The "operational" Soviet anti-satellite system was built around a concept of a satellite destroying another satellite. However, like the United States, the USSR and, later, Russia worked on other anti-satellite architectures, including missiles based on the aircraft or even upgrading land-based anti-aircraft missiles for anti-satellite capability.
For example, Russian officials cited available assets of the 30P6 complex as capable of intercepting low-orbiting satellites. This system was based on the MiG-31 fighter jet and used the 45Zh6 Krona tracking facility for targeting. The system was reportedly capable of intercepting its targets over central Russia. According to official sources, the development of the system was stopped in 1995, however all elements of the complex including the aircraft, its command facility, the Krona guidance complex and a rocket-interceptor were undergoing upgrades, as of 2009. The introduction of the second Krona facility in the Russian far east, promised in 2012, would enable the system to track satellites taking off from the Vandenberg Air Force Base on the West Coast of the United States, the nation's key facility for military space launches.
Not unlike the US navy anti-missile system, which was used in the 2008 satellite intercept, Russian sources promised to add anti-satellite capabilities to the S-400 and S-500 ground-to-air systems, then under development. (Previously, official Russian sources quoted the capability of such systems to hit targets at the altitude of around 30 kilometers, way too low for any anti-satellite role.)
Obviously, it was impossible to independently verify either the actual status of existing Russian anti-satellite assets or how actively the current government was pursuing the development of next-generation systems.
In November 2017, Deputy Head of 46th TsNII research institute of the Ministry of Defense Oleg Ochasov told the Federation Council of the Russian Duma (parliament) that the new Russian federal defense procurement program from 2018 to 2027 had allocated funding for the development of the Rudolph mobile anti-satellite complex, RIA Novosti reported. Ochasov was also quoted disclosing the development of the Tirada-2S electronic warfare complex apparently specialized in jamming communications satellites and expected to be available in "ground" and "mobile" architectures. At the time, the Russian defense procurement program was under review by the government and was expected to be delivered to the presidential administration for the final approval no later than Dec. 15, 2017.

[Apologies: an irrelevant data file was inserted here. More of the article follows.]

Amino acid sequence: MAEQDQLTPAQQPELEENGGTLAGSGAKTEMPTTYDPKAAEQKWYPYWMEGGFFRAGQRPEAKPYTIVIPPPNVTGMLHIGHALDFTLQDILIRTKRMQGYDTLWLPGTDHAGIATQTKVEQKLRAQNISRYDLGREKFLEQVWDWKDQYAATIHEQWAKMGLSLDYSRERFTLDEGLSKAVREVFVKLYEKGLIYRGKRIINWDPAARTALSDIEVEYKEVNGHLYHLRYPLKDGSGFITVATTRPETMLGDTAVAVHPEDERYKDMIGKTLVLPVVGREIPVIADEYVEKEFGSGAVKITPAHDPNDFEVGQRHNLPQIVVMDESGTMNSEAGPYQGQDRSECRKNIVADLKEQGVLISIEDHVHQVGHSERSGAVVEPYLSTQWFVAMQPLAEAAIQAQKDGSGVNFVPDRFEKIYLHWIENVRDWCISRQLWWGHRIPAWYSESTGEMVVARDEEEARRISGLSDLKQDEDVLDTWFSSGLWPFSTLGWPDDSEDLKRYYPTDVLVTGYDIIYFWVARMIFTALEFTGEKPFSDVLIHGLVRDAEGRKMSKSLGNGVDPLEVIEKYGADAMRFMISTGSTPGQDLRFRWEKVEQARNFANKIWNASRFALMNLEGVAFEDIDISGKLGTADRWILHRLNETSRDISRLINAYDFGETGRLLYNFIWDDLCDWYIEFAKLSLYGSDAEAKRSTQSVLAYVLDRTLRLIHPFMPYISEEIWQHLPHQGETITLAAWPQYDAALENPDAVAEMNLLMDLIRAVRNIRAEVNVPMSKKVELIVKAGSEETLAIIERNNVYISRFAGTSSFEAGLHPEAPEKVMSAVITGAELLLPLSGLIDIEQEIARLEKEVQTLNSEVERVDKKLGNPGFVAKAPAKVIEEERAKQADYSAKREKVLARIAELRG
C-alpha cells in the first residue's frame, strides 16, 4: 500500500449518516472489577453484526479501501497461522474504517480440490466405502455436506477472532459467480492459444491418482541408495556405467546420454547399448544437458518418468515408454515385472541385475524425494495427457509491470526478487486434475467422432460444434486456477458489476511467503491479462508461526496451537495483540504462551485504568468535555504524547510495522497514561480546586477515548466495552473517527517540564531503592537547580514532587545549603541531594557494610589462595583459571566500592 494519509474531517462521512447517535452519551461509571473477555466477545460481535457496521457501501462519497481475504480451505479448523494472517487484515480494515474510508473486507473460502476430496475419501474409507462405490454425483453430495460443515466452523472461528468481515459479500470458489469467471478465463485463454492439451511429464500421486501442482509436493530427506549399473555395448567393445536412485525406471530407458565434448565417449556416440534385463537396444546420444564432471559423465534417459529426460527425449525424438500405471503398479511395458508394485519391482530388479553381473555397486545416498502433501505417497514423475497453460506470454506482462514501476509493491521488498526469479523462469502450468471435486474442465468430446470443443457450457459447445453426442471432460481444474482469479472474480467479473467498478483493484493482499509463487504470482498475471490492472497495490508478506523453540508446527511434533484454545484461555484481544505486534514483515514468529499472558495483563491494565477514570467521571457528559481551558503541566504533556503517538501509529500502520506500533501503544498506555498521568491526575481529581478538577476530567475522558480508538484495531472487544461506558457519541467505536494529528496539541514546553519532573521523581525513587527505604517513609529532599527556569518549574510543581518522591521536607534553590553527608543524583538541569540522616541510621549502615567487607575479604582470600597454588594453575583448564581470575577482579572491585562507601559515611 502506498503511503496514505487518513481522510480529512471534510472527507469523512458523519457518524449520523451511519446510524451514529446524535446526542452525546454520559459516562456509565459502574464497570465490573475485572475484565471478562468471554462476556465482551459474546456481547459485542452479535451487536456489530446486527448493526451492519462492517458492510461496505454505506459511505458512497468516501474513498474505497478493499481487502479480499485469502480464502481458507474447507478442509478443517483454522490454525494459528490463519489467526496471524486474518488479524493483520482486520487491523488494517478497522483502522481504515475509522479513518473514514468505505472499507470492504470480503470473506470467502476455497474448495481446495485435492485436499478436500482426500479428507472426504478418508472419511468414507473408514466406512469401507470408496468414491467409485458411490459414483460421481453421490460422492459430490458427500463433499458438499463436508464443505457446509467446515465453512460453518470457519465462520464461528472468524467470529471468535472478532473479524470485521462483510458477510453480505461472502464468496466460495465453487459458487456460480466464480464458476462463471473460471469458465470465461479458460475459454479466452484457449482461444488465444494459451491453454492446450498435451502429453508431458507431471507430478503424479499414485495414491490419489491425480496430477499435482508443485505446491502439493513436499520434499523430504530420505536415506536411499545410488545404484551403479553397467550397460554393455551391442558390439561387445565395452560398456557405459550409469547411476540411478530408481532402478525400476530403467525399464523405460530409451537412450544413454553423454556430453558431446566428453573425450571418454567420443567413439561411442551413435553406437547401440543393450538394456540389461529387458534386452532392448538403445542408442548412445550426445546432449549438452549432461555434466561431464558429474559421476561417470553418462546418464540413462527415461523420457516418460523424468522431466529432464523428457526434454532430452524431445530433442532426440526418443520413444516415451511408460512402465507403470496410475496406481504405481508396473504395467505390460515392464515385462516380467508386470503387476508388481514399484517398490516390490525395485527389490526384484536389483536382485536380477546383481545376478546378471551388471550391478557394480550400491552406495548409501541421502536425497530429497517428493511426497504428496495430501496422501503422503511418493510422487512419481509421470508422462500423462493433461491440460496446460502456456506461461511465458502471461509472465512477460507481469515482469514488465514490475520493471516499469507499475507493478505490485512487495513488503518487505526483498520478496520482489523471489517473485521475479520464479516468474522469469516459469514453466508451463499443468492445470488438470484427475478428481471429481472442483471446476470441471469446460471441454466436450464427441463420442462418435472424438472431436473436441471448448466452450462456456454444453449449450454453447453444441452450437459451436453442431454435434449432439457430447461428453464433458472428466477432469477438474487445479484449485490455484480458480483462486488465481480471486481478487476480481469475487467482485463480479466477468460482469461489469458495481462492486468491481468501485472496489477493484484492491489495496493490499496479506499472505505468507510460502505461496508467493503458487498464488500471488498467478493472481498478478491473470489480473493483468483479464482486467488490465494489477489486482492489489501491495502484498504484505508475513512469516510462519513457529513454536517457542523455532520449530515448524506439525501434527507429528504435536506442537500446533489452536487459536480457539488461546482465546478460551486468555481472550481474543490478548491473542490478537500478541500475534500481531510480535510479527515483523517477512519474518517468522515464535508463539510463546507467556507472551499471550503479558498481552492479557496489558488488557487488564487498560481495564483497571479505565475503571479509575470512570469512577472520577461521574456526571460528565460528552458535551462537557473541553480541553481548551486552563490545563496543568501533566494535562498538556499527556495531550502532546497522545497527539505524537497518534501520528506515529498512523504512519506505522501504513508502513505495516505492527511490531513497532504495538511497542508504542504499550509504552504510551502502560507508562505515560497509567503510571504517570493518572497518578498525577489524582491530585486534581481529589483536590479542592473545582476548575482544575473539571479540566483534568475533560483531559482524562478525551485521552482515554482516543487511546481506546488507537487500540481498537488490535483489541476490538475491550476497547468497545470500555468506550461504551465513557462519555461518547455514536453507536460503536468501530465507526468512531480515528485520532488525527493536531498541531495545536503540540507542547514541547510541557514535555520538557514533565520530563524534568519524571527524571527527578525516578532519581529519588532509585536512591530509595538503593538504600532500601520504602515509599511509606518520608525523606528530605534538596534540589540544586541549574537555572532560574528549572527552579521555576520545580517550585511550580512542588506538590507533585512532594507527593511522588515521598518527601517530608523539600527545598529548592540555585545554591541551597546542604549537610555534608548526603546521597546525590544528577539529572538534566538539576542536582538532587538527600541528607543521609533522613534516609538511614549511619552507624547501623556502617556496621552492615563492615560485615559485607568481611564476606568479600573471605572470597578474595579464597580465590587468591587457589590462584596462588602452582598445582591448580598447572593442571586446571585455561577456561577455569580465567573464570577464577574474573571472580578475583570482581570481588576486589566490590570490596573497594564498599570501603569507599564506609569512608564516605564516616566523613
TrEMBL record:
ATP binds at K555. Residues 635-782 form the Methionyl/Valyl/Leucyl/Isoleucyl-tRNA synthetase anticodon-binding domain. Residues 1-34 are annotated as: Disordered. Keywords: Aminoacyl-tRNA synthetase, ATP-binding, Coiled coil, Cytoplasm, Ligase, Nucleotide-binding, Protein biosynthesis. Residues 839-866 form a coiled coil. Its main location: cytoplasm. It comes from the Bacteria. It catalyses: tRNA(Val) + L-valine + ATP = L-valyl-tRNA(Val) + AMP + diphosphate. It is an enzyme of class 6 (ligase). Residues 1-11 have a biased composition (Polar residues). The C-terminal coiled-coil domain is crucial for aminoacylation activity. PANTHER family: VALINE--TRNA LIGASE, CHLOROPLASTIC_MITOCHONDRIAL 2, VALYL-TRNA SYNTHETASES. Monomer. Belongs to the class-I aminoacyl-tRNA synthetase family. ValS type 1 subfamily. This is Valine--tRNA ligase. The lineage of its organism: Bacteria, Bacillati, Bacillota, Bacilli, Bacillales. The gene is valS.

Possible Naryad flight tests:
Article and photography: Anatoly Zak; last update: November 15, 2021
Editor: Alain Chabot; last edit: February 24, 2008
An artist rendering of a Rockot booster with a Briz-K stage and a possible satellite interceptor. Credit: Khartron.
A scale model of a Soviet maneuverable spacecraft, which could be used as an anti-satellite weapon or a missile interceptor, likely developed by Nudelman's design bureau within the Naryad, 14F11 project. Compare to the American EKV anti-satellite below. Copyright © 2001 Anatoly Zak
A 1:2 model of an early version of the Exoatmospheric Kill Vehicle, EKV, developed by Hughes (later Raytheon) to intercept long-range ballistic missiles beyond the dense Earth atmosphere in a direct "hit-to-kill" collision. EKV would be launched by the Ground-Based Interceptor, GBI, missiles deployed in Alaska and California. Copyright © 2011 Anatoly Zak
Circa 1980s, Homing Overlay Experiment, HOE, system developed by the US army would deploy a 4-meter web for a hit-to-kill destruction of the enemy missile. Copyright © 2011 Anatoly Zak.
The Rockot booster. The configuration on the left possibly incorporates the Naryad platform. Click to enlarge: 263 x 500 pixels / 28K Copyright © 2002 Anatoly Zak
A Briz upper stage during the assembly (shown upside down). Credit: Eurockot
The S5.92 engine originally developed for the Naryad project was designed to fire as much as 75 times. Click to enlarge. Copyright © 2009 Anatoly Zak
In 1991, American engineers tested a prototype of the Light-weight Exoatmospheric Projectile Kinetic Kill Vehicle, LEAP KKV, in a special facility on the ground. Operational versions of the device were then fitted onto Standard Missile-3, SM-3, and deployed on US Navy ships with an official goal of protecting them from short- and medium-range missiles. However, in February 2008, the same system was used to destroy a satellite. Copyright © 2011 Anatoly Zak
E. G. Sizov led the Naryad development at KB Salyut. Credit: GKNPTs Khrunichev